Fishing, shipwrecks and five families: the stories of Havera
A new book recounting the history of a small abandoned island was launched on Friday.
Havera: the story of an island, tells the story of the small island of South Havera, and the people who lived there before it was finally abandoned in 1923 after originally being settled in the 1770s.
Havera’s original inhabitants were fishing families and about 50 people from five families living there at its peak in 1850.
The book tells the story of the inhabitants, and how the community of Havera was unique, with the people making a good living from the rich soil and their exceptional fishing abilities.
There are many tales of life on the island including the inevitable shipwreck, the women sailing to nearby Scalloway to sell knitwear and lace and collect supplies, and how children were tethered to a post to prevent them falling over the banks while at play.
The book is a collaboration between Laughton Johnston and Christine De Luca, with poetry by Christine. Photographer Mark Sinclair was also involved in the project, with his pictures complementing the historic images of life on the island.
It also includes original scores penned by Pauleen Wiseman, which will also be played on an accompanying DVD due to be launched later in the year.
Most families who lived on Havera had two boats – a summer haaf boat and a winter boat for haddock. Only one of these, the Ann, built in 1871 and owned by the Williamson family, survived.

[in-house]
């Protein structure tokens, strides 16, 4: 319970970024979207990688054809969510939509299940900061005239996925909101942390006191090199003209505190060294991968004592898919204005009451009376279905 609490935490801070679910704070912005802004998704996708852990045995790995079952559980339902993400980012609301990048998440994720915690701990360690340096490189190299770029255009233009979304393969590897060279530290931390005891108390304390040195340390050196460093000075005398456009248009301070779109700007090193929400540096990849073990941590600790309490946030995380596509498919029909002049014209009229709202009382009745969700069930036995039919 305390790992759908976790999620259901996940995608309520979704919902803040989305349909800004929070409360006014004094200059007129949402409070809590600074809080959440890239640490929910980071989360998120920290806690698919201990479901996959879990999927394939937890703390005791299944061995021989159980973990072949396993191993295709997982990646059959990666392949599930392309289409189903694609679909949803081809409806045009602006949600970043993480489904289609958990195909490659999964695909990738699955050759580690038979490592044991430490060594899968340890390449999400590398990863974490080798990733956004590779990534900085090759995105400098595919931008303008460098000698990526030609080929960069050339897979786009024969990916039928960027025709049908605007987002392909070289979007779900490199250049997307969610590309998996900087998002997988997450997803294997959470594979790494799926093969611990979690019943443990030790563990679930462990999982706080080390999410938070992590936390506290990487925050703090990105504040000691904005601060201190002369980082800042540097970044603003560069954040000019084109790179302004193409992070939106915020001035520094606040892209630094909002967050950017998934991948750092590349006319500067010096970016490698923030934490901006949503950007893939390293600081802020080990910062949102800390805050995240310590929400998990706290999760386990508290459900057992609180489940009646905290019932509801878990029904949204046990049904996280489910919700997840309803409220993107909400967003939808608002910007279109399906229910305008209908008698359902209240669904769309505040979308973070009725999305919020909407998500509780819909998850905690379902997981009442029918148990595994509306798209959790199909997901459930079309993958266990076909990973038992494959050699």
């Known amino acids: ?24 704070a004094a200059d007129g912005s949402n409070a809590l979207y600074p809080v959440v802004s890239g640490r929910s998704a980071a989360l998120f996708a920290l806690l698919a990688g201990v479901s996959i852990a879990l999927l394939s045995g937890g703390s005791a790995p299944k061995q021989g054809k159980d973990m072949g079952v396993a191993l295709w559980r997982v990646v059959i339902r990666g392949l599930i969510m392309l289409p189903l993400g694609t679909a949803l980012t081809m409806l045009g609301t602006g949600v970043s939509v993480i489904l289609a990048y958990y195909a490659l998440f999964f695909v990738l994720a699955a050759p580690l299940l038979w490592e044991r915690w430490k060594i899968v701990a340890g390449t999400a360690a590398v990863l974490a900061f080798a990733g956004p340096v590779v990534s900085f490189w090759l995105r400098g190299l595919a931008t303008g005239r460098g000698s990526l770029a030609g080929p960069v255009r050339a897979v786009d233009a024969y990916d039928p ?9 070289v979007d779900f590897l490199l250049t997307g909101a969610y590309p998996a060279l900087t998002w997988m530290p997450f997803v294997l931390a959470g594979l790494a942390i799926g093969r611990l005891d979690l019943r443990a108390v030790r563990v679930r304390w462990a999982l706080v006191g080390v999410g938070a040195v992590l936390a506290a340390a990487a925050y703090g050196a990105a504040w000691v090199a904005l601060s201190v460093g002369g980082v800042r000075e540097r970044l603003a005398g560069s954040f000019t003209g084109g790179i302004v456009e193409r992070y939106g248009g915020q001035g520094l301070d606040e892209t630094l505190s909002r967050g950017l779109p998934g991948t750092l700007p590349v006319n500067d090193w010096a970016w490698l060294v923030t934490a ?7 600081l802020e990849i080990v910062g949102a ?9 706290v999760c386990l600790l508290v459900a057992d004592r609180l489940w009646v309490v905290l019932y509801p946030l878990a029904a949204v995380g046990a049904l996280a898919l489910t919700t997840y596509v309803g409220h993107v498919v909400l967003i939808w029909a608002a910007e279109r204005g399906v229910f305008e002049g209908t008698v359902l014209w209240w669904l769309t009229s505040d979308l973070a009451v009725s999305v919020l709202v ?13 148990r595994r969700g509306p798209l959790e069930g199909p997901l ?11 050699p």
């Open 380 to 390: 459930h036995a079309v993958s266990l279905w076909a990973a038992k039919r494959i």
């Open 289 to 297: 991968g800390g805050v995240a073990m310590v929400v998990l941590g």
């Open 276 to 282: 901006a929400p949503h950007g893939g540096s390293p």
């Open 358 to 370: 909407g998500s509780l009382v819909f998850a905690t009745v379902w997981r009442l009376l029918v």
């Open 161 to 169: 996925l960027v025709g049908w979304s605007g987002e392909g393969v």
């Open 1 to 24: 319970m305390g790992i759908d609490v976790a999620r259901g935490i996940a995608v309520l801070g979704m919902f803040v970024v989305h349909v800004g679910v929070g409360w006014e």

The Ann was used for all manner of tasks, such as flitting the cow to the bull. She ended her days near Bridge End, slowly falling apart but was saved in 1999 by Dr Ian Tait because of her age and rarity.
He hoped she might be restored and that vision is now reality thanks to expert boat builders Jack Duncan and Robbie Tait.
Everything original has been saved, while some parts have had new wood spliced in. The biggest challenge was the iron rudder fittings, which were made under Erik Erasmuson’s direction.
Every effort was made to ensure the details were correct, from the inclusion of rawhide grommets to her original colour.
The Ann is the second oldest Shetland boat in existence and her restoration coincided with the publication of the book telling the story of her original home.
As part of the book launch the boat is on display in the foyer at Shetland Museum and Archives until 29th April.
There will also be a display of items from Havera including a gold ring gifted to one of the island’s women from the captain of the shipwrecked Norwegian barque lovise in 1903; and a range of other items such as tea services, textiles, a resting chair and a pocket watch, kindly loaned by Havera families.
There will also be a display of Mark Sinclair’s photography in the upper foyer, accompanied by the sounds of Pauleen’s original music for the book.